template.bindSetting( hou.parmTemplateType.Toggle, name="pivot", label="Pivot", default_value=True, align=True )
    template.bindSetting( hou.parmTemplateType.Toggle, name="knob", label="Knob", default_value=True, align=False )

    # Bind gadgets 
    template.bindGadget( hou.drawableGeometryType.Face, "pivot" )
    template.bindGadget( hou.drawableGeometryType.Face, "face" )
    template.bindGadget( hou.drawableGeometryType.Line, "wire" )
    template.bindGadget( hou.drawableGeometryType.Point, "knob" )

    return template    

class Handle(base_class.Handle):
    def __init__(self, **kwargs):
        self.__dict__.update(kwargs)
        self.xform_aid = hu.TransformAid(self, parm_names={"translate":["tx","ty","tz"]})

        # skip gadget initialization for brevity

    def onParmChangeEvent(self, kwargs):
        """
        Called when a handle parameter or setting has changed.
        """
        parm_name = kwargs['parm_name']
        parm_value = kwargs['parm_value']

        if parm_name in ["tx","ty","tz"]:
            # update the handle transform with the new values
            self.xform_aid.updateTransform()
        elif parm_name == "face":
            kwargs["handle_gadgets"]["face"].show(parm_value)
        elif parm_name == "wire":
            kwargs["handle_gadgets"]["wire"].show(parm_value)
        elif parm_name == "pivot":
            kwargs["handle_gadgets"]["pivot"].show(parm_value)
        elif parm_name == "knob":
            kwargs["handle_gadgets"]["knob"].show(parm_value)

        # update the viewport
        self.scene_viewer.curViewport().draw()

Accessing parameter values

Python handle’s parameters and settings can be accessed from the handle_parms dictionary. The dictionary is accessible from any Python handle handlers.

def createViewerHandleTemplate():
    handle_type = 'handle_example'
    handle_label = 'Handle example'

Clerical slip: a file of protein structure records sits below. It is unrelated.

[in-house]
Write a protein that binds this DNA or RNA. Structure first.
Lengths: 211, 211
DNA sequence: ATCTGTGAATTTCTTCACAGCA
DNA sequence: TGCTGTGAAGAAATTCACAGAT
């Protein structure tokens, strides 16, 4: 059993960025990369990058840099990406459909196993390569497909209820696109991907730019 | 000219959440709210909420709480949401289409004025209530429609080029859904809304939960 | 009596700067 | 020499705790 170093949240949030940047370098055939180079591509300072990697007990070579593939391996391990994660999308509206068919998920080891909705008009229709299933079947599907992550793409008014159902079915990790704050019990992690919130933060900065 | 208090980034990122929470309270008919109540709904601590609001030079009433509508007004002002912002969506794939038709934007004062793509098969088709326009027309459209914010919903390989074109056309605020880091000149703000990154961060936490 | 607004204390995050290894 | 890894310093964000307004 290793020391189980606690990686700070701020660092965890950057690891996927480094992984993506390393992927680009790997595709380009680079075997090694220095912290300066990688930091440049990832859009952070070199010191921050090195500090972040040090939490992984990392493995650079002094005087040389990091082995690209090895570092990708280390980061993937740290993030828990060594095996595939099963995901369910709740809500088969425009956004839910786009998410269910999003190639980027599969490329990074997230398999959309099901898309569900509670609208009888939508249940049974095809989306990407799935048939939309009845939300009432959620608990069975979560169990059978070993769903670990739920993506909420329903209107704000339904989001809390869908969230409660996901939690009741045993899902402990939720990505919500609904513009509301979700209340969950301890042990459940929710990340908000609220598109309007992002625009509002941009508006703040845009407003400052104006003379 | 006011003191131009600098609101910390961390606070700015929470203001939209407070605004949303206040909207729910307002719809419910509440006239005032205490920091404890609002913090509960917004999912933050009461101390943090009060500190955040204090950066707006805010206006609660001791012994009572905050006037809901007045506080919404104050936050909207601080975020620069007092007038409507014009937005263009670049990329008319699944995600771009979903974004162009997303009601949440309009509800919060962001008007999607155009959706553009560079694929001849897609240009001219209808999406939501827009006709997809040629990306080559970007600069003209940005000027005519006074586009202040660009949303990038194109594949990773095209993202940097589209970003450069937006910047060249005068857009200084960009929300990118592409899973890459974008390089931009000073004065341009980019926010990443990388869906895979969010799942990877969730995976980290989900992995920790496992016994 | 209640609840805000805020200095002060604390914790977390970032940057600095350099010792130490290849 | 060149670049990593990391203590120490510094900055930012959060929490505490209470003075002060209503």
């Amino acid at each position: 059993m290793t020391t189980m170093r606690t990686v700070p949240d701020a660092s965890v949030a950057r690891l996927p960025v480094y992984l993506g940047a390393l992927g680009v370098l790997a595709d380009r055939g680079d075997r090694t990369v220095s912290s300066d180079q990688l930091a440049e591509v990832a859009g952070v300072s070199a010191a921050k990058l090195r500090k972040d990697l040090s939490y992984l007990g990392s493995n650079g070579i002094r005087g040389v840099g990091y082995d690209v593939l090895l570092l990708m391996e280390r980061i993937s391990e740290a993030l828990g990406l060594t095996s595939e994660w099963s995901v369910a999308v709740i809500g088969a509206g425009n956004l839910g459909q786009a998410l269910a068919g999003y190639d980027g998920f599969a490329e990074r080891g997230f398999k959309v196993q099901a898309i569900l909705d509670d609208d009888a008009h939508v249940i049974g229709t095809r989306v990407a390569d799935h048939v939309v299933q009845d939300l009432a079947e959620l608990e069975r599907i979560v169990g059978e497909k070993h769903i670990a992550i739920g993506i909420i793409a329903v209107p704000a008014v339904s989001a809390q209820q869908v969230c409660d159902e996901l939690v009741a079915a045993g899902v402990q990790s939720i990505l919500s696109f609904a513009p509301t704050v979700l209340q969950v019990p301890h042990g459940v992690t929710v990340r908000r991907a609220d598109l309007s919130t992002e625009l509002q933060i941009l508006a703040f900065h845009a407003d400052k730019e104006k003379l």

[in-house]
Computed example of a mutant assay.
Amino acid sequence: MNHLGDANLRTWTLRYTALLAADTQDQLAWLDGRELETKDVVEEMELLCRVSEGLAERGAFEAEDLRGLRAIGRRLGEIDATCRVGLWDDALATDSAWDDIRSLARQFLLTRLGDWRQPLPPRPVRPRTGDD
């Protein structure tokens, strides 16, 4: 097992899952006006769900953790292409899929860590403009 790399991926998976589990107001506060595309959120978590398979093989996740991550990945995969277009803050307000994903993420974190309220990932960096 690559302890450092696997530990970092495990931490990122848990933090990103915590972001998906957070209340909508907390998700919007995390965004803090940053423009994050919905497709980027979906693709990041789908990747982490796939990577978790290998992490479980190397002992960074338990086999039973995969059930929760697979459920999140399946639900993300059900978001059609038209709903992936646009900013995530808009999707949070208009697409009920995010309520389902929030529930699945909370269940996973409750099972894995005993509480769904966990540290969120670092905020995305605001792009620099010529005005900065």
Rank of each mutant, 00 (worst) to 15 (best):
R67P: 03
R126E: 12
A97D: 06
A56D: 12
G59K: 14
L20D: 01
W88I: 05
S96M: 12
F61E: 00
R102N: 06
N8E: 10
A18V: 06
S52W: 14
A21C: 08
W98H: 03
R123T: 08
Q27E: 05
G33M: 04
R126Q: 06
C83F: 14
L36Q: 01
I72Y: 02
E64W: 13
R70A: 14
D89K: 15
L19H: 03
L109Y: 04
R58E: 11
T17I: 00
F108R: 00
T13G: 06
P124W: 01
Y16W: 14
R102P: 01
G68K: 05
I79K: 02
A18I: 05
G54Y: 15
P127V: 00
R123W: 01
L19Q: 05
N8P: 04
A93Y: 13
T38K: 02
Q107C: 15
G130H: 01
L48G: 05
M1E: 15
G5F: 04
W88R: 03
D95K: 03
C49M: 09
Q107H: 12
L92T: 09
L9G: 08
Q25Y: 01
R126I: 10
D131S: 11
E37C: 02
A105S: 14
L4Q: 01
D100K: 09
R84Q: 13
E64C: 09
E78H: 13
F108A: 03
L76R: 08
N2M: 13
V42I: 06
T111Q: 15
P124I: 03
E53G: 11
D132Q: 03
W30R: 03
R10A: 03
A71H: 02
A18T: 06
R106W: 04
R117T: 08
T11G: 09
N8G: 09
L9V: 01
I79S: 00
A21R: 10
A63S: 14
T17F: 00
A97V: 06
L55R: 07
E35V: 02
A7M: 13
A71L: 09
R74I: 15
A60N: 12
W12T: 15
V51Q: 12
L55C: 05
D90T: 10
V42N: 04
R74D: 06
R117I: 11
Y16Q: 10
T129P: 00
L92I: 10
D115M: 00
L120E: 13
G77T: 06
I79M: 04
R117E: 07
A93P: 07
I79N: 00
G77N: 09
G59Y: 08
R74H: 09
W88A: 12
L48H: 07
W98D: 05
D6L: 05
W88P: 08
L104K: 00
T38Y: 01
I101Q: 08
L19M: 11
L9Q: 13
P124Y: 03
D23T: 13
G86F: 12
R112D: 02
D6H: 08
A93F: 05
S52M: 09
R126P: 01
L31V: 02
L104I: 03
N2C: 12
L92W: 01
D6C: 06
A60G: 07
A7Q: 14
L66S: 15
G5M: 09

handle_cat = [hou.sopNodeTypeCategory()]

    template = hou.ViewerHandleTemplate(handle_type, handle_label, handle_cat)
    template.bindFactory(Handle)

    # Handle parameters.
    template.bindParameter( hou.parmTemplateType.Float, name="tx", label="Tx", 
        min_limit=-10.0, max_limit=10.0, default_value=0.0 )
    template.bindParameter( hou.parmTemplateType.Float, name="ty", label="Ty", 
        min_limit=-10.0, max_limit=10.0, default_value=1.0 )
    template.bindParameter( hou.parmTemplateType.Float, name="tz", label="Tz", 
        min_limit=-10.0, max_limit=10.0, default_value=0.0 )
    template.bindParameter( hou.parmTemplateType.Float, name="float3"", label="Float 3", 
        min_limit=-10.0, max_limit=10.0, default_value=[1.0,1.0,1.0], num_components=3 )

    # Handle settings.
    template.bindSetting( hou.parmTemplateType.Toggle, name="ui_guides", label="Draw UI guides", default_value=True)

    return template    

class Handle(object):
    def __init__(self, **kwargs):
        self.__dict__.update(kwargs)

    def onActivate(self, kwargs):
        self.log("Handle tx parm value", kwargs["handle_parms"]["tx"]["value"])
        self.log("Handle ty parm value", kwargs["handle_parms"]["ty"]["value"])
        self.log("Handle tz parm value", kwargs["handle_parms"]["tz"]["value"])
        self.log("Handle float3 parm value", kwargs["handle_parms"]["float3"]["value"])
        self.log("UI guides value", kwargs["handle_parms"]["ui_guides"]["value"])

# output
'Handle tx parm value' 0.0 
'Handle ty parm value' 1.0 
'Handle tz parm value' 0.0 
'Handle float3 parm value' [1.0, 1.0, 1.0] 
'UI guides value' 1 

Drawing

A Python handle uses up to 2 drawing handlers:

  • onDraw:

    Used for drawing the Python handle gadgets and other drawables. It is pretty straight forward to implement and should basically delegate to the handle gadgets and drawables draw method. The handler is similar to the Python states onDraw handler.

  • onDrawSetup:

    Python handles need to be scaled dynamically in order to maintain a fixed size independent of the current camera position. onDrawSetup is typically used for computing the handle scale with the help of hou.ViewerHandleContext.scaleFactor(). With a newly computed scale value, Python handles should also update their transformation matrices along with their drawable guides transformation matrices.

def onDrawSetup(self, kwargs):
    # Use the current handle position to compute the scale value
    hpos = self.xform_aid.parm3("translate")

    # Compute the scale value 
    fixed_scale_value = 100.0
    scale = self.handle_context.scaleFactor(hpos)*fixed_scale_value

    # Rebuild the handle transform matrix with the new scale
    xform = self.xform_aid.updateTransform(s=[scale,scale,scale])

    # Update the gadgets transform
    kwargs["handle_gadgets"]["face"].setTransform(xform)
    kwargs["handle_gadgets"]["wire"].setTransform(xform)
    kwargs["handle_gadgets"]["pivot"].setTransform(xform)
    kwargs["handle_gadgets"]["knob"].setTransform(xform)

Python viewer handles

Python scripting

Getting started

Next steps

Reference

  • hou

    Module containing all the sub-modules, classes, and functions to access Houdini.

Guru level

Python viewer states

Python viewer handles